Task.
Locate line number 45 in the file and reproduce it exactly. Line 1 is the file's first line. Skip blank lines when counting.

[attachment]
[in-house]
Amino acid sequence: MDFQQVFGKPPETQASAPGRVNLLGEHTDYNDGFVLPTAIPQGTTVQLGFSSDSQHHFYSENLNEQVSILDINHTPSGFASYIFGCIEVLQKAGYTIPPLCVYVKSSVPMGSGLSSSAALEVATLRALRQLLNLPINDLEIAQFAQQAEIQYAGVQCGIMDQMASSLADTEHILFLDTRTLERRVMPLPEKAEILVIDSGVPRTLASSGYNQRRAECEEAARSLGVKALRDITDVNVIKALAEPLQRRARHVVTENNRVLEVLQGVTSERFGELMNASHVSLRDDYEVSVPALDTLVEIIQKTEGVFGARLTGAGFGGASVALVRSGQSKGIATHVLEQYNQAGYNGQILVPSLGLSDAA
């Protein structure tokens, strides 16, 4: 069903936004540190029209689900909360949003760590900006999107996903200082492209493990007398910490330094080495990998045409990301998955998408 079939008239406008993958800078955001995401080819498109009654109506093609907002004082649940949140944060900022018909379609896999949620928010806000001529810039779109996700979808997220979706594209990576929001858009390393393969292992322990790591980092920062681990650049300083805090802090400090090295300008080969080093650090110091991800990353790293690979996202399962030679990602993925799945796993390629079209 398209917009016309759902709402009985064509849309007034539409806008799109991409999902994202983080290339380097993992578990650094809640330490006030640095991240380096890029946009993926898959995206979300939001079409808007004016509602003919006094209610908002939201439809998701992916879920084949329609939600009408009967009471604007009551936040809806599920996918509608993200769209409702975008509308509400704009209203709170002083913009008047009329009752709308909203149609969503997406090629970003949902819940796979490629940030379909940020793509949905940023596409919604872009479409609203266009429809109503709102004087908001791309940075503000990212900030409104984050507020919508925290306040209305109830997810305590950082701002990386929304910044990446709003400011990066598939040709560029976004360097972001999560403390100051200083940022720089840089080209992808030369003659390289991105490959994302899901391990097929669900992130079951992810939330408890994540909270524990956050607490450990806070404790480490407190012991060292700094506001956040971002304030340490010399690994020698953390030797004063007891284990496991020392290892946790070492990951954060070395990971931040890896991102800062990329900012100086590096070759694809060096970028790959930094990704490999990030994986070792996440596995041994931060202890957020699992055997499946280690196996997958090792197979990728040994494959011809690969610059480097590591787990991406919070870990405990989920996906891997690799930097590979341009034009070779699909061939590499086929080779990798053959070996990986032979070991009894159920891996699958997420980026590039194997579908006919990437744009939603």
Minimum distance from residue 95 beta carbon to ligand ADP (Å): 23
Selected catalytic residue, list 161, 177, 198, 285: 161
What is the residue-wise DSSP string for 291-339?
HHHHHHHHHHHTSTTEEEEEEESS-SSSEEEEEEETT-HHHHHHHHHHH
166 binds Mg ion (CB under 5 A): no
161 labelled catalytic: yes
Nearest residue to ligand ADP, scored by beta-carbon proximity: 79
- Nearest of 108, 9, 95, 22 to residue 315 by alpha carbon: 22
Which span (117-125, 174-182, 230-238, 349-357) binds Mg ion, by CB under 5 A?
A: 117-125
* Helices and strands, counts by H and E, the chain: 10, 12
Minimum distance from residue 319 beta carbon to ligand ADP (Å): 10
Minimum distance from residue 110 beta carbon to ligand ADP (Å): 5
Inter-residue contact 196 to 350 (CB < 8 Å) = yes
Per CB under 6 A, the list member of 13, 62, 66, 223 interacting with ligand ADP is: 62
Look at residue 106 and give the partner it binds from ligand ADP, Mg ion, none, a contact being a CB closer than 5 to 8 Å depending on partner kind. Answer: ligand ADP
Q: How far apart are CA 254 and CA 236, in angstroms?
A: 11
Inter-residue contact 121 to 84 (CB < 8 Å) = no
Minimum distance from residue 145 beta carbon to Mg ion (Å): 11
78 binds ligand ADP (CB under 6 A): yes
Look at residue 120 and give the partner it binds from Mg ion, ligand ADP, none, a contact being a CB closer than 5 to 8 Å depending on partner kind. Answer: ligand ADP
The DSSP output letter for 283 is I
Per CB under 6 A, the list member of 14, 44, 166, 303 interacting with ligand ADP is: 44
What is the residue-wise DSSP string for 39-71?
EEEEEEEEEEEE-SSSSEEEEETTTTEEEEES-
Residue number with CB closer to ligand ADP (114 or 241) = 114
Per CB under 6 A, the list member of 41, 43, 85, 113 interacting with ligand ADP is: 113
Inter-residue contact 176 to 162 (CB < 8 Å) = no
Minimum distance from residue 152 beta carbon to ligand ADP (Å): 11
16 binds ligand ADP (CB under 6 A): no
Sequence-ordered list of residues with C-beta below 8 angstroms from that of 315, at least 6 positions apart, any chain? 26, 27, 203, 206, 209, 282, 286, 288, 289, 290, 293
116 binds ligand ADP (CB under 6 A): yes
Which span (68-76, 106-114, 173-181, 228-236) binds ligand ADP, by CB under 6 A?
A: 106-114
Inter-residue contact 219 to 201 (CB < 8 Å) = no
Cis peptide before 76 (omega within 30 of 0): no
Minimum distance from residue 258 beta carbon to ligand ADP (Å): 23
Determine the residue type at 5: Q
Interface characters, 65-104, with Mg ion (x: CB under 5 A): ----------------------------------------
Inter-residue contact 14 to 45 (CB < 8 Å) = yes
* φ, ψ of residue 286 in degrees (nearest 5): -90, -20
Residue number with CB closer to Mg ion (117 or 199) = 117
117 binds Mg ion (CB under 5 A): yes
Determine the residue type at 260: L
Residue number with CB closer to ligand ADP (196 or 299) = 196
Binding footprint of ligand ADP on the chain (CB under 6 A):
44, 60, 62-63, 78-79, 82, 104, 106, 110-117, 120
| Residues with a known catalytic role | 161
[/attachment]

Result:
* φ, ψ of residue 286 in degrees (nearest 5): -90, -20